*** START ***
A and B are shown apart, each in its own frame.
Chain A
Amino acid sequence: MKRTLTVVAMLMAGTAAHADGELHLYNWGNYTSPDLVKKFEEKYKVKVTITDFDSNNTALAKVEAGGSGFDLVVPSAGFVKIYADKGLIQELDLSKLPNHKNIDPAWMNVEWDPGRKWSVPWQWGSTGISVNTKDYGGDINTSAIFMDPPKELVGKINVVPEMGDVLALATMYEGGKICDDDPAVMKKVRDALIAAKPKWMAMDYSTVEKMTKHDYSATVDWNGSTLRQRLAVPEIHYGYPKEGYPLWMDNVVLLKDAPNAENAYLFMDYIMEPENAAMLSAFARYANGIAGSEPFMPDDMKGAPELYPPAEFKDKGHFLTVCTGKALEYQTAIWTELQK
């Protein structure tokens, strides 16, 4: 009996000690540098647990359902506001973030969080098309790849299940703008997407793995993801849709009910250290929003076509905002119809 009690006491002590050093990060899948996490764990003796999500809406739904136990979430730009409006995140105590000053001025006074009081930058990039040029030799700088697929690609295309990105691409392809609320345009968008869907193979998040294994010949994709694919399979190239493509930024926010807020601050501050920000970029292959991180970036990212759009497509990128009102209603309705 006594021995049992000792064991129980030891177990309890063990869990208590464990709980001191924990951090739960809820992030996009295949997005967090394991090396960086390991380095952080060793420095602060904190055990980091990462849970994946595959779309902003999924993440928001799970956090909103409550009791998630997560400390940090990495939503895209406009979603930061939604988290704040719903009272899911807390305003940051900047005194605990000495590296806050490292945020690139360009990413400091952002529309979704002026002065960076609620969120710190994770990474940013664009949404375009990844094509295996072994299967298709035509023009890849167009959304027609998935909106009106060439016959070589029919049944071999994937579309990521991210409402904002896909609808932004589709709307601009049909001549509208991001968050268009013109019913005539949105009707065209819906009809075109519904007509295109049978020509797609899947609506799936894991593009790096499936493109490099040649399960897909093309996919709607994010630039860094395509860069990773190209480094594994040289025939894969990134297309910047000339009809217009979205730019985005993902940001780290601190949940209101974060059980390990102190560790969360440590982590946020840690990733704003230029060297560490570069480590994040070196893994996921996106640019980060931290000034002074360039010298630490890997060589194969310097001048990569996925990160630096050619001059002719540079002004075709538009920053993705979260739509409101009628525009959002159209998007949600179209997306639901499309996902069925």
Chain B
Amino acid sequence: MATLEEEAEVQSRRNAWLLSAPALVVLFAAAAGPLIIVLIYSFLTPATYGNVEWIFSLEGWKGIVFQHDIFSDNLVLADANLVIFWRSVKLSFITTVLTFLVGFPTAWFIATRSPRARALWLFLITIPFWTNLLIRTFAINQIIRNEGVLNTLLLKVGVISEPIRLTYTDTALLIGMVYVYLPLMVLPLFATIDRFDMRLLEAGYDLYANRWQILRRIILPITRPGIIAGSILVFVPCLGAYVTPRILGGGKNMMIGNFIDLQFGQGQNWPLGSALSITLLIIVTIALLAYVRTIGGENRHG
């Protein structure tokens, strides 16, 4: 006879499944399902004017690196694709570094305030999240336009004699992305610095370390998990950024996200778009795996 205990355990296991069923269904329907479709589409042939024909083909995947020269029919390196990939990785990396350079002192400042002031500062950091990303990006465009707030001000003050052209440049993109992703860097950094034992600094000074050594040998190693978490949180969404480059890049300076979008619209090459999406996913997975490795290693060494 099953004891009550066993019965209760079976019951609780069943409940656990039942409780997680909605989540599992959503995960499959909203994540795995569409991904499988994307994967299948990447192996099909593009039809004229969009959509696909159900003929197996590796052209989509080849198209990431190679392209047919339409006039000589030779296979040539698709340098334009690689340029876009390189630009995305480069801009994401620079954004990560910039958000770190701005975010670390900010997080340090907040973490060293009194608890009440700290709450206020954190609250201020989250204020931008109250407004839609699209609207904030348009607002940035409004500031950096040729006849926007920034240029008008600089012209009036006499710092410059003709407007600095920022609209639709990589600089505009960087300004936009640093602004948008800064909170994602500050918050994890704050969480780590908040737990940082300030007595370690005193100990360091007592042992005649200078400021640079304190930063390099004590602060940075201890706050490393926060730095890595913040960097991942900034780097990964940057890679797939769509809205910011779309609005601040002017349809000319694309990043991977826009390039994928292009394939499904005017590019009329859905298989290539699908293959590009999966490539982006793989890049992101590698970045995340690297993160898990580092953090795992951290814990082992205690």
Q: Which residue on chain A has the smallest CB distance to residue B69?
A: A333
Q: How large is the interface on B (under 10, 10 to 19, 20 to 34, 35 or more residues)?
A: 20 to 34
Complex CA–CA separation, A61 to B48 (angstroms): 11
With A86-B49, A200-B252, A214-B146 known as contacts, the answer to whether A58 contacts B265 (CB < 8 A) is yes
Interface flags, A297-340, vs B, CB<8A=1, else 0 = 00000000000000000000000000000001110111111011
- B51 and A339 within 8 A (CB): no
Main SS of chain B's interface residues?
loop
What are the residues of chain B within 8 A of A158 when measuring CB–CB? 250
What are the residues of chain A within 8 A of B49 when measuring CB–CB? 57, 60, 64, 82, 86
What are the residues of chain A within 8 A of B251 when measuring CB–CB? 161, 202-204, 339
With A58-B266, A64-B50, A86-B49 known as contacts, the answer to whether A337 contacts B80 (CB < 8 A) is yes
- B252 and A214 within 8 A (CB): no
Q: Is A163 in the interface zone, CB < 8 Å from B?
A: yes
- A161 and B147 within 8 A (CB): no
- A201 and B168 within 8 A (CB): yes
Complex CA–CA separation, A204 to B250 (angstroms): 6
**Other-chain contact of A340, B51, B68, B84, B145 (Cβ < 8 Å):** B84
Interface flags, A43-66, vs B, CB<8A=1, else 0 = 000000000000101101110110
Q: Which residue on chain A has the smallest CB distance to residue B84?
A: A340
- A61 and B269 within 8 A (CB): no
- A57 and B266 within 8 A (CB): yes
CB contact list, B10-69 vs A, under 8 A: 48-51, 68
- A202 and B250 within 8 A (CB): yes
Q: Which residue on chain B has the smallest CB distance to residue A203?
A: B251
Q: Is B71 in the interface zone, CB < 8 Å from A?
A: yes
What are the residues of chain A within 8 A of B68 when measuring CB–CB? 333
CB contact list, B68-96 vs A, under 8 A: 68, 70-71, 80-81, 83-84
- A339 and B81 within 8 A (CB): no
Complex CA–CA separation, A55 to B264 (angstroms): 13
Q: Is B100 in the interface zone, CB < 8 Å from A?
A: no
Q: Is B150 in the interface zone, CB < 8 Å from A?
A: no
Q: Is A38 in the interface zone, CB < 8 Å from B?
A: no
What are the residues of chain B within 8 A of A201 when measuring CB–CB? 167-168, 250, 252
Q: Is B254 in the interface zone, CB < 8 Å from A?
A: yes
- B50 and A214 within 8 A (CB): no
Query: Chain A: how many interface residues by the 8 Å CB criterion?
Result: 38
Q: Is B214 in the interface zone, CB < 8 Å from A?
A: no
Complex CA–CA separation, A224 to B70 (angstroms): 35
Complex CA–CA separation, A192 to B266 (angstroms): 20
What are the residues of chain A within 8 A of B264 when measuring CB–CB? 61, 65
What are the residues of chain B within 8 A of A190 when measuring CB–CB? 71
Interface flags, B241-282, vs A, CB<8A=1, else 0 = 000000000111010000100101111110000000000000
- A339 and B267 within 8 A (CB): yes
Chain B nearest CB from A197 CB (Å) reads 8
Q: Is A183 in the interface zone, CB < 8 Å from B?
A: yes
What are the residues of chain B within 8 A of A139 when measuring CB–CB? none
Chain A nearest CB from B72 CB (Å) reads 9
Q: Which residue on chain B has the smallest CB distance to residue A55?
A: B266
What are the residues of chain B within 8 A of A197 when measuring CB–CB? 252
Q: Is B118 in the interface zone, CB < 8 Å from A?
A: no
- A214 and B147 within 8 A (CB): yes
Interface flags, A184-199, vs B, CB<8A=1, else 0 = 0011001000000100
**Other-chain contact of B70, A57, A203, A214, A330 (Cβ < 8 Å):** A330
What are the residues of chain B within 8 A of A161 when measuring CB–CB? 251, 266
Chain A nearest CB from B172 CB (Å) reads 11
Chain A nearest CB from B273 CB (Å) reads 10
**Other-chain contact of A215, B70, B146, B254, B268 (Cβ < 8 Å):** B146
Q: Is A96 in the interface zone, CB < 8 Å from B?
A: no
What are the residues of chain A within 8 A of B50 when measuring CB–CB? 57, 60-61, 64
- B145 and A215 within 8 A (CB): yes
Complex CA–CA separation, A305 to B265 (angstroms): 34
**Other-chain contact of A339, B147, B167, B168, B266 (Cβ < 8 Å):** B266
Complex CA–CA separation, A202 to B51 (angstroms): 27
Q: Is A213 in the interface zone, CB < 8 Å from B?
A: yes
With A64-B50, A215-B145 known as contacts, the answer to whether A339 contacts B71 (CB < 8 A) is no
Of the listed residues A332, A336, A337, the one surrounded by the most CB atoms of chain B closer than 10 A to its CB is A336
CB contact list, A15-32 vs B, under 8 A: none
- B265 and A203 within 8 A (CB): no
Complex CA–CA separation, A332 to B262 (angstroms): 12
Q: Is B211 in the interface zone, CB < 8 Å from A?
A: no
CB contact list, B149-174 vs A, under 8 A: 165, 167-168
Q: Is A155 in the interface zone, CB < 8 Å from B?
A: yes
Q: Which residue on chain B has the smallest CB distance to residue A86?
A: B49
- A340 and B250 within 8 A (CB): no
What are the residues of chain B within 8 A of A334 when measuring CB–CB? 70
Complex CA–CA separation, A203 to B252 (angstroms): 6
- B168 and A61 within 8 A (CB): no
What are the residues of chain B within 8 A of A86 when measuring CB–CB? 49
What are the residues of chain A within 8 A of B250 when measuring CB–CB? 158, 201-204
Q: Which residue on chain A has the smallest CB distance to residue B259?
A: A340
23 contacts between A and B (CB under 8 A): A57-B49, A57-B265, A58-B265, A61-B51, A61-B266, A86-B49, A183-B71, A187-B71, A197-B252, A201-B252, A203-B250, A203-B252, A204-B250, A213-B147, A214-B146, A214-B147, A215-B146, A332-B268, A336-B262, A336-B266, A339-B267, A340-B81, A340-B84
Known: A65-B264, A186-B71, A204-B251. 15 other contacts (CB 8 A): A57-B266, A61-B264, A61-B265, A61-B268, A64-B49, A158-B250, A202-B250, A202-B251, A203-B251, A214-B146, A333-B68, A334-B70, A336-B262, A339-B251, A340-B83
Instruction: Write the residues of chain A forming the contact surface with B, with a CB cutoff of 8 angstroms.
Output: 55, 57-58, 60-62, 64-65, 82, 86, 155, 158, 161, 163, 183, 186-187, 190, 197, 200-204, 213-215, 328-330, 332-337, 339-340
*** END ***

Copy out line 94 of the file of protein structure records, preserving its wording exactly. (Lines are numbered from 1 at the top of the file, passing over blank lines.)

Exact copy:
Complex CA–CA separation, A332 to B262 (angstroms): 12